Текст оригинала на английском языке
Recollections of «Lalla Rookh»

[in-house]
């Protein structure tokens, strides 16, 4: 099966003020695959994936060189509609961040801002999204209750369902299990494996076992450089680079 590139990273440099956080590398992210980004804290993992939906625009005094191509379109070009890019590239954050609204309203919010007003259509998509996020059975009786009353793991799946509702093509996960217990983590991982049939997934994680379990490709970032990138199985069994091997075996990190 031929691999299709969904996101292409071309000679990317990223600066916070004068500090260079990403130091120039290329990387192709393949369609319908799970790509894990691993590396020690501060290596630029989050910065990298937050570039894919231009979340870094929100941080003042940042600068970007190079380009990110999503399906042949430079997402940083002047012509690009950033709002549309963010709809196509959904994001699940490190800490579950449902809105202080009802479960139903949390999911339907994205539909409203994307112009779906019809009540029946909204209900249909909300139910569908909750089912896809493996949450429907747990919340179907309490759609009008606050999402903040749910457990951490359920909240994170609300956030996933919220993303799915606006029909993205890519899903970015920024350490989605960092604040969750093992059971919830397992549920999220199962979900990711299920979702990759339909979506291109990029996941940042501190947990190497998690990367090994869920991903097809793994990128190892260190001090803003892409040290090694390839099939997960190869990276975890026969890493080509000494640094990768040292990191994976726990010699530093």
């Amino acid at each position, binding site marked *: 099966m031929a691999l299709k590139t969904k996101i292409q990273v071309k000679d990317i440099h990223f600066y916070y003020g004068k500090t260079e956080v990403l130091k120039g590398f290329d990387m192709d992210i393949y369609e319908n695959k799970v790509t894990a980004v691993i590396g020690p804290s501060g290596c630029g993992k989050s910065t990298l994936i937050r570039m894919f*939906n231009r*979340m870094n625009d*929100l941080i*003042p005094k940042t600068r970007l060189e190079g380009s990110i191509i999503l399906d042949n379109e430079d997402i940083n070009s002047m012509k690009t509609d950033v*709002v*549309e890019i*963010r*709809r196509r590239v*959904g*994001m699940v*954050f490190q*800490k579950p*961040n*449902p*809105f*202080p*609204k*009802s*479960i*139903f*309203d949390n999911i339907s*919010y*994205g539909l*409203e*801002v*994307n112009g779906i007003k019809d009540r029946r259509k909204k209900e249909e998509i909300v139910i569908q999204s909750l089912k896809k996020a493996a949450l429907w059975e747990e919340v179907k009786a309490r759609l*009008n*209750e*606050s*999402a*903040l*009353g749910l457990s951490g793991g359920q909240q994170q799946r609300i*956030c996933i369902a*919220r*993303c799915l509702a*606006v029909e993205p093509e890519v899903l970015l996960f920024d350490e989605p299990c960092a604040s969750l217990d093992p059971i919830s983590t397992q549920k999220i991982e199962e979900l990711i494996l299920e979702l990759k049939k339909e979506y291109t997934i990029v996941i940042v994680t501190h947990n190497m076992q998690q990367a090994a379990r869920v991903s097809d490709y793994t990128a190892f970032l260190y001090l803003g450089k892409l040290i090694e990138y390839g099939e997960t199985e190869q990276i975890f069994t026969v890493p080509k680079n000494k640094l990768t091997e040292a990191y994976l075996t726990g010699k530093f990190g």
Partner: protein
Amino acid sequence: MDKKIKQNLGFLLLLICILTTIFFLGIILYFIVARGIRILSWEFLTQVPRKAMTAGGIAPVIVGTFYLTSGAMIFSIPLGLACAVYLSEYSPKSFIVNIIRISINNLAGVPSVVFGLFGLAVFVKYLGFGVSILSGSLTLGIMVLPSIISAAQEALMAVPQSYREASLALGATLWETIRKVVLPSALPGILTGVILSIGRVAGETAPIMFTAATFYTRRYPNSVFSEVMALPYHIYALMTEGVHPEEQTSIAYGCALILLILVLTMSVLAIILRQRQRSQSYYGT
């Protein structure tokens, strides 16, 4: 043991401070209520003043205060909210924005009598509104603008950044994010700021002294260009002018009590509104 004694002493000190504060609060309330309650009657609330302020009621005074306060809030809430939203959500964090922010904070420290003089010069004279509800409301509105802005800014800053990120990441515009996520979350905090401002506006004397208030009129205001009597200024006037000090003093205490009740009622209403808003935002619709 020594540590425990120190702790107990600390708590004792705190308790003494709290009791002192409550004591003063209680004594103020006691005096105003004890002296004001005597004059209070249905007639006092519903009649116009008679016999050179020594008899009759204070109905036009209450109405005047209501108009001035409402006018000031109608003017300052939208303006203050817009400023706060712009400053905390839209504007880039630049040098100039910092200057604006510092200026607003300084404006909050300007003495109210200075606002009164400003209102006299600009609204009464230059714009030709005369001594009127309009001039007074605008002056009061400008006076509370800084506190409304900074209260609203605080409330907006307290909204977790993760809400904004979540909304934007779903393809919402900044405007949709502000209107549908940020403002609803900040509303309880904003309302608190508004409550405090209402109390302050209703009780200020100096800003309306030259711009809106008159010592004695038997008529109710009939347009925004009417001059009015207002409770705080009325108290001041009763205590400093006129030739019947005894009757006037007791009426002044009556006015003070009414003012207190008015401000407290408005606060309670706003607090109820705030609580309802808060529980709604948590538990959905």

WHEN we were farm boys, years ago, I dare not tell how many, When, strange to say, the fairest day Was often dark and rainy; No work, no school, no weeds to pull, No picking up potatoes, No copy-page to fill with blots, With little o's or great O's; But jokes and stories in the barn Made quiet fun and frolic; Draughts, fox-and-geese, and games like these, Quite simple and bucolic; Naught else to do, but just to braid A lash, or sing and whittle, Or go, perhaps, and set our traps, If it "held up" a little; On one of those fine days, for which We boys were always wishing, Too wet to sow, or plant, or hoe, Just right to go a fishing,— I found, not what I went to seek, In the old farmhouse gable,— Nor line, nor hook, but just a book That lay there on the table, Beside my sister's candlestick (The wick burned to the socket); A handy book to take to bed, Or carry in one's pocket. I tipped the dainty cover back, With little thought of finding Anything half so bright within The red morocco binding; And let by chance my careless glance Range over song and story; When from between the magic leaves There streamed a sudden glory, — As from a store of sunlit gems, Pellucid and prismatic,— That edged with gleams the rough old beams, And filled the raftered attic. I stopped to read; I took no heed Of time or place, or whether The window-pane was streaked with rain, Or bright with clearing weather. Of chore time or of supper-time I had no thought or feeling; If calves were bleating to be fed, Or hungry pigs were squealing. The tangled web of tale and rhyme, Enraptured, I unraveled; By caravan, through Hindostan, Toward gay Cashmere, I traveled. Before the gate of Paradise I pleaded with the Peri; And even of queer old Fadladeen I somehow did not weary; Until a voice called out below: "Come, boys! the rain is over! It's time to bring the cattle home! The lambs are in the clover!" My dream took flight; but day or night, It came again, and lingered. I kept the treasure in my coat, And many a time I fingered Its golden leaves among the sheaves In the long harvest nooning; Or in my room, till fell the gloom, And low boughs let the moon in. About me beamed another world, Refulgent, oriental; Life all aglow with poetry, Or sweetly sentimental. My hands were filled with common tasks, My head with rare romances; My old straw hat was bursting out With light locks and bright fancies. In field or wood, my thoughts threw off The old prosaic trammels; The sheep were grazing antelopes, The cows, a train of camels. Under the shady apple-boughs, The book was my companion; And while I read, the orchard spread One mighty branching banyan. To mango-trees or almond-groves Were changed the plums and quinces. I was the poet, Feramorz, And had, of course, my Princess. The well-curb was her canopied, Rich palanquin; at twilight, 'T was her pavilion overhead, And not my garret skylight. Ah, Lalla Rookh! O charmèd book! First love, in manhood slighted! To-day we rarely turn the page In which our youth delighted. Moore stands upon our shelves to-day, I fear a trifle dusty; With Scott, beneath a cobweb wreath, And Byron, somewhat musty. But though his orient cloth-of-gold Is hardly now the fashion, His tender melodies will live While human hearts have passion. The centuries roll; but he has left, Beside the ceaseless river, Some flowers of rhyme untouched by Time, And songs that sing forever.
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